What Development Rezoning Looks Like by the Forward

What Development Rezoning Looks Like

New development projects in New York City, like the proposed 16-story residential buildings in a Crown Heights area zoned for smaller buildings, have to provide certain percentages of below-market units due to the city’s Mandatory Inclusionary Housing policy.

Mayor Bill de Blasio pushed through the new MIH guidelines in 2016, making it compulsory for developers seeking to upzone in low-income areas to create a mix of below-market units in their buildings. The new housing regulations were projected to create upwards of 12,000 out of the 80,000 affordable units City Hall aims to build over a 10-year period.

The two Brooklyn buildings would create 518 apartments, of which about 140 would be below-market. The rezoning would also allow for the construction of a supermarket in one of the developments.

Rents in affordable units are pegged to an Area Median Income. Buildings are allowed to designate fewer affordable units if they are at an even lower rate than what is mandated.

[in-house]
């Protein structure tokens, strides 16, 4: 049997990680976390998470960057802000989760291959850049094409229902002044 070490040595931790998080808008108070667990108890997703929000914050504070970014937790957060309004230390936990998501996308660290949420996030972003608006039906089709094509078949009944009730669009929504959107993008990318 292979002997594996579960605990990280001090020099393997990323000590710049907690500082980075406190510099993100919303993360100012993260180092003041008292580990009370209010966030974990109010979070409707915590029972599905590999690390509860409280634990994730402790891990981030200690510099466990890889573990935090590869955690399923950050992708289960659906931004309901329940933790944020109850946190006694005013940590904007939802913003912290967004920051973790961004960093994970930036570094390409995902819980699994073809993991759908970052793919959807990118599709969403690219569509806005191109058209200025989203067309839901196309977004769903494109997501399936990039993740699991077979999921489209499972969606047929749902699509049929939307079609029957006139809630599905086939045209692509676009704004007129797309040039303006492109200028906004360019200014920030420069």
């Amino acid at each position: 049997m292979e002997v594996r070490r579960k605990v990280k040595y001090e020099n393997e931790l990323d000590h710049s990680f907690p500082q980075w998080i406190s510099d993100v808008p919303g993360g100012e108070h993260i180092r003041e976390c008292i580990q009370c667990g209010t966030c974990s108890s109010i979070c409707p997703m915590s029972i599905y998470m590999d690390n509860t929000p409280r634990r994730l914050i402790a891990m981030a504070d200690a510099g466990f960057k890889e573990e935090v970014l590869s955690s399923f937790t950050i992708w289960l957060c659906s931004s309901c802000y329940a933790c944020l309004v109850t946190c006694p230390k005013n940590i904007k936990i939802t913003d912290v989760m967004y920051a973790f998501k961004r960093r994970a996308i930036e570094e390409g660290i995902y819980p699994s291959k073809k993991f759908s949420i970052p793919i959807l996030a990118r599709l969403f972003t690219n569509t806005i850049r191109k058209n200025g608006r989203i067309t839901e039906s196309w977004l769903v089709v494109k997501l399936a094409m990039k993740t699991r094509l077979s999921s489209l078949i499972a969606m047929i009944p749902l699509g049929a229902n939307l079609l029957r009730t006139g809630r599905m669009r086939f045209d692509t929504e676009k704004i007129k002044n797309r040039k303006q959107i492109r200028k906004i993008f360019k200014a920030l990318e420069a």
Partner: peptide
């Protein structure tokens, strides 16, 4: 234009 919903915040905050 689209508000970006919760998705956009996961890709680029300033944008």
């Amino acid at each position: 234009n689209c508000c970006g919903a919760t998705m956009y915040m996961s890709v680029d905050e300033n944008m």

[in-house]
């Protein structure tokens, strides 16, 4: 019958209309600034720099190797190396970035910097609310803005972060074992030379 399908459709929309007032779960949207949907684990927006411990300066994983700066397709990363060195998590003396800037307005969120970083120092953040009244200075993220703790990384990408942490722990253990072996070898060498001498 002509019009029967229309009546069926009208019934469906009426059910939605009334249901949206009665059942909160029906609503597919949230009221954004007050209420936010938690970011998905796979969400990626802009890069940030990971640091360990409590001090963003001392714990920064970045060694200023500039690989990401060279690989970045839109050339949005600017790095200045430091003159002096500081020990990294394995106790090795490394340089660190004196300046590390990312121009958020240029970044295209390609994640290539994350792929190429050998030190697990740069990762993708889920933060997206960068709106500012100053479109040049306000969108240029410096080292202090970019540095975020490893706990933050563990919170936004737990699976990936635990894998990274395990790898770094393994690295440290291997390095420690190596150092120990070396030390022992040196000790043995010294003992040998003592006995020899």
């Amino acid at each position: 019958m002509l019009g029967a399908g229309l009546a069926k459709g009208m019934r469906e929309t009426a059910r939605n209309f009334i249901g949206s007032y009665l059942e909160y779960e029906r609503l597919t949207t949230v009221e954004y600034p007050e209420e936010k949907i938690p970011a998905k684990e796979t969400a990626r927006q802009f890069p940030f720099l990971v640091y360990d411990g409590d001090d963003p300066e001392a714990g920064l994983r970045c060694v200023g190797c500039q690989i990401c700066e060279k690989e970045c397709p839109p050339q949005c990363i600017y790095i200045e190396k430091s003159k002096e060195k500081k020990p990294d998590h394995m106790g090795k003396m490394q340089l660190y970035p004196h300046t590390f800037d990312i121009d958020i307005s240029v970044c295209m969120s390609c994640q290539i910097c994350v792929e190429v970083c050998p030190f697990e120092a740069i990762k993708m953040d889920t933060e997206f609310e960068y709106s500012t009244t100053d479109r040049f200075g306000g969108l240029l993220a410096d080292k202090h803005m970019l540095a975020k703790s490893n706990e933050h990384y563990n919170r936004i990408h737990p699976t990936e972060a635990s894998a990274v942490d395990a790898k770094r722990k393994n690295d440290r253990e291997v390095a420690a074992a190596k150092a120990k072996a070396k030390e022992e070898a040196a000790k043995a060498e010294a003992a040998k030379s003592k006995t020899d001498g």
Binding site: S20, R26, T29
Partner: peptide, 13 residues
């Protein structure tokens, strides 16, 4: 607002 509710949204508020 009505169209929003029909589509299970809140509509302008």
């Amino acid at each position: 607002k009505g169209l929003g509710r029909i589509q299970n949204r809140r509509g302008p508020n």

Advocates have argued MIH does not create enough housing affordable for lower-income residents and will only work to speed up gentrification through rezoning working and middle class areas.

Crown Heights activists petitioned against the development in 2017 and the developers pulled their application before reapplying in June.

Contact Ben Fractenberg at fractenberg@forward.com or on Twitter, @fractenberg

Your Comments

The Forward welcomes reader comments in order to promote thoughtful discussion on issues of importance to the Jewish community. All readers can browse the comments, and all Forward subscribers can add to the conversation. In the interest of maintaining a civil forum, The Forward requires that all commenters be appropriately respectful toward our writers, other commenters and the subjects of the articles. Vigorous debate and reasoned critique are welcome; name-calling and personal invective are not and will be deleted. Egregious commenters or repeat offenders will be banned from commenting. While we generally do not seek to edit or actively moderate comments, our spam filter prevents most links and certain key words from being posted and the Forward reserves the right to remove comments for any reason.

Recommend this article

What Development Rezoning Looks Like

Thank you!

This article has been sent!

Close